Your afterlife body is split into six parts: two legs, two arms, a head, and a torso. After progressing through the tutorial and a few opening puzzles, you will be able to detach and combine (almost) any of these parts to help you overcome a variety of imaginative obstacles. Each different combination—an arm and a leg, a torso and head, two arms and a head—has different abilities that will force you to think about which of your parts will do the job. There are a few limits to the combinations you can make; you can’t have two arms and a leg, for example, but most other mixes are allowed, and I found myself discovering more even after spending hours with the game. Some run faster, some jump higher, some puzzles require a head to talk or an arm to pull a lever. Fortunately, there is an in-game codex that lists every new combination (and their strengths and weaknesses) as you discover them. After a while you’ll likely get a feel for which arrangements do what the best, but it’s nice to have a list in case you forget.
In addition to the codex, you have an inventory with quest items and money you can use to purchase other necessary materials, a list of your current tasks, a map (complete with fast travel courtesy of a taxi driver you meet along your journey), and a tab for letters you’ve collected around the world. The letter collectibles are optional, mainly serving to provide a few laughs and bits of worldbuilding. There are a few other items to find as well, such as Soul Coins you can spend to play short, delightful parodies of popular video games at Puzzle Con, and different heads you can find and put on to access some secret areas.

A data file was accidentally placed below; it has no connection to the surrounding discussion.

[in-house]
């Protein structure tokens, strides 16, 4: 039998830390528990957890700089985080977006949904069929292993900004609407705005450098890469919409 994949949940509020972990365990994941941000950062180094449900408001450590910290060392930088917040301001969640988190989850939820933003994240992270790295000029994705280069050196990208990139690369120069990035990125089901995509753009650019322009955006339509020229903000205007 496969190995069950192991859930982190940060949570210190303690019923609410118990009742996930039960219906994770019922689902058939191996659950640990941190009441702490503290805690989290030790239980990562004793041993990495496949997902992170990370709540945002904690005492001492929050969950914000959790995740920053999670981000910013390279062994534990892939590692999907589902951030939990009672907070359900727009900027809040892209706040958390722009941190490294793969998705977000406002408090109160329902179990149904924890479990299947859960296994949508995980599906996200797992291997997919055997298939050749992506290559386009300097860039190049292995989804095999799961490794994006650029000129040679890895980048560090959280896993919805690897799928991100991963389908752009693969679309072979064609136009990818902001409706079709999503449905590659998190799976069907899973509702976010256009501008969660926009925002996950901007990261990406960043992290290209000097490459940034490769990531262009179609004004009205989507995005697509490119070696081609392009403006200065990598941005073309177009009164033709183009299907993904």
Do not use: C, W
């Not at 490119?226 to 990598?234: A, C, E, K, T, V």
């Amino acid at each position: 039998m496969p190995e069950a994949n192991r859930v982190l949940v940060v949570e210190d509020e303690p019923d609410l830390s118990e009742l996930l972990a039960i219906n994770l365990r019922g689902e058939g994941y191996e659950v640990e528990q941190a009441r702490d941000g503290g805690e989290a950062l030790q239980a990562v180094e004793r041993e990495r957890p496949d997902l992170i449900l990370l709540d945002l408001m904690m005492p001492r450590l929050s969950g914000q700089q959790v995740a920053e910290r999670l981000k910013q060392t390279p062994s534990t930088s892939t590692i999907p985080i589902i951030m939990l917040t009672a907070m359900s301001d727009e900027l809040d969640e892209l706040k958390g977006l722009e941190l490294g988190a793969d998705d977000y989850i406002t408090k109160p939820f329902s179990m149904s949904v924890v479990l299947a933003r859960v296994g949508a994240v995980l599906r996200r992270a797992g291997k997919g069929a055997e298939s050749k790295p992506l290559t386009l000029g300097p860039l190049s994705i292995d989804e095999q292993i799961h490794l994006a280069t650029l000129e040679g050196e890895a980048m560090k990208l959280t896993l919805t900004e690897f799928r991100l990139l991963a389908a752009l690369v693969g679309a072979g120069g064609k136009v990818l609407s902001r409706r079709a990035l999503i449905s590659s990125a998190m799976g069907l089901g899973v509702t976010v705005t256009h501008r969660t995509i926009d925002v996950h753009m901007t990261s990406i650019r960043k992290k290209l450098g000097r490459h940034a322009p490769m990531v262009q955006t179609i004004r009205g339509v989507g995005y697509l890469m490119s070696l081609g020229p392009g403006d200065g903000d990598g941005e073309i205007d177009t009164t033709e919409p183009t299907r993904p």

You can also gather different kinds of berries from bushes located throughout the world, which you can then use to make smoothies that permanently boost your abilities (and some may even help you see things you might otherwise miss), though they are also completely optional. There are ten different kinds of berries to collect, and ten of any one kind will allow you to make a smoothie. The locations of these berries are helpfully marked on your map, and the fast travel system makes it easy to go back and get them all. I’m not usually someone who bothers with collectibles in games, but I found myself wanting to run around the world of Helheim Hassle to find all its secrets.